No one was in the yard. Now was my chance to view my surroundings. I looked up and tilted my head a bit to the left. The smoke stacks were even more monumental up close. The smell of sulfur burning was also stronger. My eyes stung from what I thought was dust in the air. I turned my head straight ahead while still looking up. The main building of the factory loomed before me. Right in front of me was a double door entrance.
My heart started banging against my ribs again, as if it were trying to escape its surroundings just as much as I wanted to escape mine. My breathing was shallower as well. I ignored both signs of fear and headed for the doors. I pulled on one of the handles with all my might. The door popped right open. Smiling, I walked right on through.
That’s when the alarm went off.
My stomach did a cartwheel as I quickly contemplated my surroundings. I was in a long hallway which extended for about thirty feet until it made a turn left. Doors lined both walls. Over the wail of the alarm, I heard angry voices coming from where the hallway turned left. Rapid footsteps accompanied them.
What would they think of me intruding on private property with a pistol strapped to my back? They’d probably assume the worst. What would happen to me then?
Trying to fight back tears at my impending doom, I ran for the nearest door and barged through it. I hoped it would be a place I could hide.
My hopes were instantly crushed as I realized I had made a huge mistake.
This was an office room, with fluorescent lights crackling above, and people talking in it.
I froze in place as soon as I had made my entrance. I stared at the men who now stared back at me.
There were four in all. One of them was clearly the man in charge, judging from the armchair he sat in, the desk he rested his elbows on, and his clearly expensive new suit. The other three men were in bright grey worker’s uniforms, covered in what I could only imagine was soot and possibly worse. They had stood in front of the desk, probably wondering about the alarm, and had turned around when I burst in.
One of them started running toward me.
“No!” I screamed as the man cornered me and grabbed me and… hugged me?
“Cassie!” he exclaimed in my ear. “What on earth are you doing here?!”
I looked at his face, flecks of soot indistinguishable from his familiar stubble. Realization hit me. I hugged him tighter and began to cry.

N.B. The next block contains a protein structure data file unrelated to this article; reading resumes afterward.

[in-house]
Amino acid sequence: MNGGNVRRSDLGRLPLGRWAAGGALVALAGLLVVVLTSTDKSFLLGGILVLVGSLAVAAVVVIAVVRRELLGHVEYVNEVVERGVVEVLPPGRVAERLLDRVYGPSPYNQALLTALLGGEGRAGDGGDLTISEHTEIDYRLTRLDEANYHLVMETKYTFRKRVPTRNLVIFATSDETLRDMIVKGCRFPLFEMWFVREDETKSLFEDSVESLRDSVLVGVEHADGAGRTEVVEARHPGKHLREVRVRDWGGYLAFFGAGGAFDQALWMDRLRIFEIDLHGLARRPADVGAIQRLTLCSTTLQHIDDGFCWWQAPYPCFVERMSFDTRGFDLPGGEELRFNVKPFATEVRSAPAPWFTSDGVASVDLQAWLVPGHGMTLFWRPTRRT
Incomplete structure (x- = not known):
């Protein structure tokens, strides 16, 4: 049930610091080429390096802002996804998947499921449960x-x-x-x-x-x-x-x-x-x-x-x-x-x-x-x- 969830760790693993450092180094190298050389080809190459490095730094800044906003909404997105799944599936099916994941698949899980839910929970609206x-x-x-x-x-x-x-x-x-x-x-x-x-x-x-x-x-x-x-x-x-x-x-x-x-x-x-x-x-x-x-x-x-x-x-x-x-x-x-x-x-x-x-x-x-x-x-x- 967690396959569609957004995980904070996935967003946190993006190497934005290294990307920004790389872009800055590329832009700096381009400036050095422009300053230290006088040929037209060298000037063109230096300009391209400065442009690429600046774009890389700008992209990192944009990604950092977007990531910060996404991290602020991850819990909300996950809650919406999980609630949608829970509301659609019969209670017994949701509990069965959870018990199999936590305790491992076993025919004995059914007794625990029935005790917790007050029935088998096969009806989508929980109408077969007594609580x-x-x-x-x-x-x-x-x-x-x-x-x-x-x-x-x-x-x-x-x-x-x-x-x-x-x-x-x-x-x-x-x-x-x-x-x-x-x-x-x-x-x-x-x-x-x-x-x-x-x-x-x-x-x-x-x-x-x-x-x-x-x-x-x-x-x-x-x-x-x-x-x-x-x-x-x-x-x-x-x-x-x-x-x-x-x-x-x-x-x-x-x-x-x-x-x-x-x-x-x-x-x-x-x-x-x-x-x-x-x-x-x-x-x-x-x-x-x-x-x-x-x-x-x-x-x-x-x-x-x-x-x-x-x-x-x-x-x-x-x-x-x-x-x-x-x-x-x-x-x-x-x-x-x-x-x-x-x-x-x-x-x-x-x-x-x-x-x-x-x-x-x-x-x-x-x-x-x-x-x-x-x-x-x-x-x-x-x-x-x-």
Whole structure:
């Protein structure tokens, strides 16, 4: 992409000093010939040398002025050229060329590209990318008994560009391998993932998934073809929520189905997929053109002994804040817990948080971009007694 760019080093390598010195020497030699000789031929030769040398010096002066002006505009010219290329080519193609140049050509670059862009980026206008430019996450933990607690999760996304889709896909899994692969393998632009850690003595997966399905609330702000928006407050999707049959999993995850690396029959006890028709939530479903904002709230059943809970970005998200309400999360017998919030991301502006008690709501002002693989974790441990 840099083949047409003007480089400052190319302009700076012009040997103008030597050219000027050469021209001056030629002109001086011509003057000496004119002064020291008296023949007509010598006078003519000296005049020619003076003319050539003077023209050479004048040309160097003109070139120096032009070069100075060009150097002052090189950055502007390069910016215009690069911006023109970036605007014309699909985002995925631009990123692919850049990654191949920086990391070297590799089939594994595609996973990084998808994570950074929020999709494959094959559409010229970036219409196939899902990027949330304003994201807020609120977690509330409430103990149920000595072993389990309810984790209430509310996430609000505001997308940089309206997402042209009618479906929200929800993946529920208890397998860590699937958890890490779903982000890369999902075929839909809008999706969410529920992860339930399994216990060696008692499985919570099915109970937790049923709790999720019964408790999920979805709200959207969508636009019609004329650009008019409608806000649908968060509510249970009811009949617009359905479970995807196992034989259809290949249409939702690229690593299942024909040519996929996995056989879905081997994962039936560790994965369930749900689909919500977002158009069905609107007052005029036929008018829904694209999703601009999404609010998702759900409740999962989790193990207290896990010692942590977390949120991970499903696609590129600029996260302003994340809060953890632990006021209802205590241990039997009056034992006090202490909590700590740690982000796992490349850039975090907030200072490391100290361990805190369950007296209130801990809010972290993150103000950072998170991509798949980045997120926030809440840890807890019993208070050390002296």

“Dad!” I sobbed. “I’m sorry! I’m sorry! Don’t let them send me to jail!”
I heard the alarm stop, but I didn’t care. Dad was here, and he was probably furious. My emotions were so mixed up now. I cried like a baby in his arms.
“It’s okay, sweetie,” he murmured into my shoulder. “I’m not angry. No one is.”
I stopped crying, and considered what he just said. “What? I’m not going to jail? You won’t ground me for a month?” I stared at him, and my eyes grew wider as I realized something else.
Why was Dad here in a worker’s uniform? Wasn’t he supposed to be at his office in the medical research facility? If he told me not to come here, then why was he here?
“Wait a minute!” I shouted, pushing Dad backwards. “You liar! You didn’t have anything important to do at the research facility! You don’t even have that job anymore, do you?!”
Dad’s face twisted into a guilty expression. “I’m sorry I lied to you, Cassie,” he apologized quietly.
I wasn’t listening. “They fired you, and you didn’t have the heart to tell me! Now you’re working at this stupid factory and making the sky grey forever! How could you?! How could you?!”
This last comment made Dad snort in the way he always did when he thought I had no idea what I was talking about. He now seemed to have a mix of anger and pity on his face.
Dad placed a hand on my shoulder to stop my rant. He glared at me and said firmly, “Cassie, I want you to stop and listen to me. I can explain myself. Take a seat.” He gestured towards the seats that lay empty behind us, their previous occupants still looking frozen in place and dumbfounded.
I sniffed and did as he said. The other men actually made room for me. Dad sat in one of the other seats across from me.
“Let me explain, please,” he told his co-workers and the man in the suit. They nodded, then silently left the room one by one.
Dad turned back to me. “Now, Cassie…” He paused, probably wondering what to say to me, until he noticed my boots. “Are those the furry boots you picked out for your birthday last year?”
I looked down at the boots myself. I suddenly remembered the time when we went shopping for my birthday, and I picked out a pair of boots like these.
“No,” I replied. “These aren’t the boots I picked. I picked a pair exactly like these, only they were blue. I don’t remember getting these grey ones at all.”
Dad sighed. “They’re the exact same boots, Cassie. They’re grey for the same reason that my blue uniform looks grey right now… and the same reason the sky is always grey now.”
I looked up at him. Blue things turning grey? How was that possible?
“So it’s not the factory turning the sky grey?” I asked feebly.
Dad shook his head. “No, honey. It’s not the factory. The boots, my uniform, and the sky are all still blue as can be. It’s just that you can’t see blue anymore.” He sighed again. “You see, you’re developing a color blindness in which you can’t see the color blue. It’s a rare condition that I was researching at my old job-- so rare, in fact, that a lot of controversy exists in the medical community on whether it’s even real.
“I knew it had to be. I knew you were developing it. So I asked my superiors whether I could research it to find a cure. They thought I was delusional, so they fired me.”
My heart sank as I realized that his words made sense. I hadn’t seen a spot of blue in weeks now. To think that Dad actually lost his job to try to cure me made me feel sick.
“I’m sorry for lying to you,” I confessed.
Dad stood up and looked down at me. “I’m sorry for lying to you too. I should have just told you. Then none of this would ever have happened.”
I stood up and took his hand. “Can we go home now?”
Dad nodded. “Yes. Let’s go home.”
We left the factory under a grey sky. Maybe I couldn’t ever see the color blue again. But now I saw who my father was for the first time.
Copyright 2017 by C.A. Nathaniel and Ichthus Family Productions
On a completely unrelated note, if you didn't see our previous post, WE ANNOUNCED A RELEASE DATE FOR TREASURE SEEKERS!!! Check out that post here.